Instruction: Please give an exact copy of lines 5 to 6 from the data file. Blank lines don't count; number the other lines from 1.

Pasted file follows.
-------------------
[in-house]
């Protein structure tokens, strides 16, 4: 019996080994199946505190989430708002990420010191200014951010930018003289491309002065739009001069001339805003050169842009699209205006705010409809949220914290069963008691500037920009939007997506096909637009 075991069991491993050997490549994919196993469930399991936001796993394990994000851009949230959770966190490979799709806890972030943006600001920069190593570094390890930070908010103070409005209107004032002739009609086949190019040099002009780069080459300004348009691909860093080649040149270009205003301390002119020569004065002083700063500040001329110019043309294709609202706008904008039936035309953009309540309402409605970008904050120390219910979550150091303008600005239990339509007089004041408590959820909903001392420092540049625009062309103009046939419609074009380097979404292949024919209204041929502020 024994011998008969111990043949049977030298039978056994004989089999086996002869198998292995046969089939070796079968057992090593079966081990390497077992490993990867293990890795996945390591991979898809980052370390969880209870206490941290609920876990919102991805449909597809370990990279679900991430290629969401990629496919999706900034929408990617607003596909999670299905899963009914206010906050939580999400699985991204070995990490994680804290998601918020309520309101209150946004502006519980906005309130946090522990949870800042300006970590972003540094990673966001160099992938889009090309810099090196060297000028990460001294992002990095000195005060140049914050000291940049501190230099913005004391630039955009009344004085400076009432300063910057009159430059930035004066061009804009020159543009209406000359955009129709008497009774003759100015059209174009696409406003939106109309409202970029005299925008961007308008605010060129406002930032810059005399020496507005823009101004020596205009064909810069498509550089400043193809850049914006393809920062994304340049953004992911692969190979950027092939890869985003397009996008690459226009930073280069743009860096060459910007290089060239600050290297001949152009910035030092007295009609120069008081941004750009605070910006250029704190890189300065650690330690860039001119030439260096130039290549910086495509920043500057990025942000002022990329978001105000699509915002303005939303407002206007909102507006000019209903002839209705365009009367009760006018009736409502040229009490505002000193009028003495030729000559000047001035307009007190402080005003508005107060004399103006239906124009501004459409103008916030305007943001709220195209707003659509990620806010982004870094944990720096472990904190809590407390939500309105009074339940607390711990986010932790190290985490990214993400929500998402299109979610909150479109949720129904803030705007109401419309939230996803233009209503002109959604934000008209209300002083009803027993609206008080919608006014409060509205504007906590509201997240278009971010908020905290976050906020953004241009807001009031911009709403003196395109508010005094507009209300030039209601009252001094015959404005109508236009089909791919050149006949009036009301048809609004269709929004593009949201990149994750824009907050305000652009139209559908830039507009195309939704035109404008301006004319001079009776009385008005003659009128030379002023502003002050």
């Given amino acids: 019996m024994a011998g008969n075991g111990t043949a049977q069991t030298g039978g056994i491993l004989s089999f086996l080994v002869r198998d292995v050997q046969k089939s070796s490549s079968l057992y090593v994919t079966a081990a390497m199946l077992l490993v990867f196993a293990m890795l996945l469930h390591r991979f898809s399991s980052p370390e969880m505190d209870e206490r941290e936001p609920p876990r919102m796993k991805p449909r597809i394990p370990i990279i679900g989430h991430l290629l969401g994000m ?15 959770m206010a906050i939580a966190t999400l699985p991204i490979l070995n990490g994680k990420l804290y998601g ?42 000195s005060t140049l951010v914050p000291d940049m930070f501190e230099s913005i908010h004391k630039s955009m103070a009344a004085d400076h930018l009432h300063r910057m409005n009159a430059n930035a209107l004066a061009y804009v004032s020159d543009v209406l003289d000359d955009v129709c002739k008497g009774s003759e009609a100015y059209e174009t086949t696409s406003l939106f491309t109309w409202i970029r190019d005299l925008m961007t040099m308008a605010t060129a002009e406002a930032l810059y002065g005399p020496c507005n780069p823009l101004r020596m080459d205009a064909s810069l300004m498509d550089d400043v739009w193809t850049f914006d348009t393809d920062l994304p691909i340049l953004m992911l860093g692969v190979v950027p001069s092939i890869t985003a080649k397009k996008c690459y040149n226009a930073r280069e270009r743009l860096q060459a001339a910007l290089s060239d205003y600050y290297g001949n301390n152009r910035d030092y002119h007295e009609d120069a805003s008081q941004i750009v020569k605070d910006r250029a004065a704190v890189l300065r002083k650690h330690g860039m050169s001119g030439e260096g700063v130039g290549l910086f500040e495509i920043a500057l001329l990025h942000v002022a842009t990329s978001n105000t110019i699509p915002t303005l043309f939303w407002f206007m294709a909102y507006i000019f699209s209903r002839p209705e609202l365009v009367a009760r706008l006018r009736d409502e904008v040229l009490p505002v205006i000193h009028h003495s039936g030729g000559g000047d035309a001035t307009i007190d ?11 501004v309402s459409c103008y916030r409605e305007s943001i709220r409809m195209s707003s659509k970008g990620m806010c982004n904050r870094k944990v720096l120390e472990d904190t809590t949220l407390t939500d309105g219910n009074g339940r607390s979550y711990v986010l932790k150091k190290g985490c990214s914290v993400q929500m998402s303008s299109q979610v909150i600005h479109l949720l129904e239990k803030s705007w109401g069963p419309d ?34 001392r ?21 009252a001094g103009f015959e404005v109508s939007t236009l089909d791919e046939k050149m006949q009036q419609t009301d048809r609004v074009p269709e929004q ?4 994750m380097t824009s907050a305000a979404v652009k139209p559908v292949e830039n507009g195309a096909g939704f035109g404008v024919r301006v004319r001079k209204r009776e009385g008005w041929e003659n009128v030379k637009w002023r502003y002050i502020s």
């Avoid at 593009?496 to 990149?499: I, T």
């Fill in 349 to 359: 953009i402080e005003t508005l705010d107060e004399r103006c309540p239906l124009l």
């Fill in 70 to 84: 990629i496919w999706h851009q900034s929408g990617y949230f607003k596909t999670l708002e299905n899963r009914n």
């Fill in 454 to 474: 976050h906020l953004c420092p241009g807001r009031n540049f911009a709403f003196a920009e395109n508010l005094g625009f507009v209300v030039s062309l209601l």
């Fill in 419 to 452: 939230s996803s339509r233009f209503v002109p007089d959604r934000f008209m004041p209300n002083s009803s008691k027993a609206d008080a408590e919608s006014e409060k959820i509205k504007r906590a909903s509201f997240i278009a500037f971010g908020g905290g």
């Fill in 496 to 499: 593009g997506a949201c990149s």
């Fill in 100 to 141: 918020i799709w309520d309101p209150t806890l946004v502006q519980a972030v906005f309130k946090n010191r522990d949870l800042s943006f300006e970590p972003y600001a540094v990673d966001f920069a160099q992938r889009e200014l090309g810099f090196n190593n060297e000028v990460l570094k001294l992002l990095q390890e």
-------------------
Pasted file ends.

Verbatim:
């Fill in 349 to 359: 953009i402080e005003t508005l705010d107060e004399r103006c309540p239906l124009l």
């Fill in 70 to 84: 990629i496919w999706h851009q900034s929408g990617y949230f607003k596909t999670l708002e299905n899963r009914n």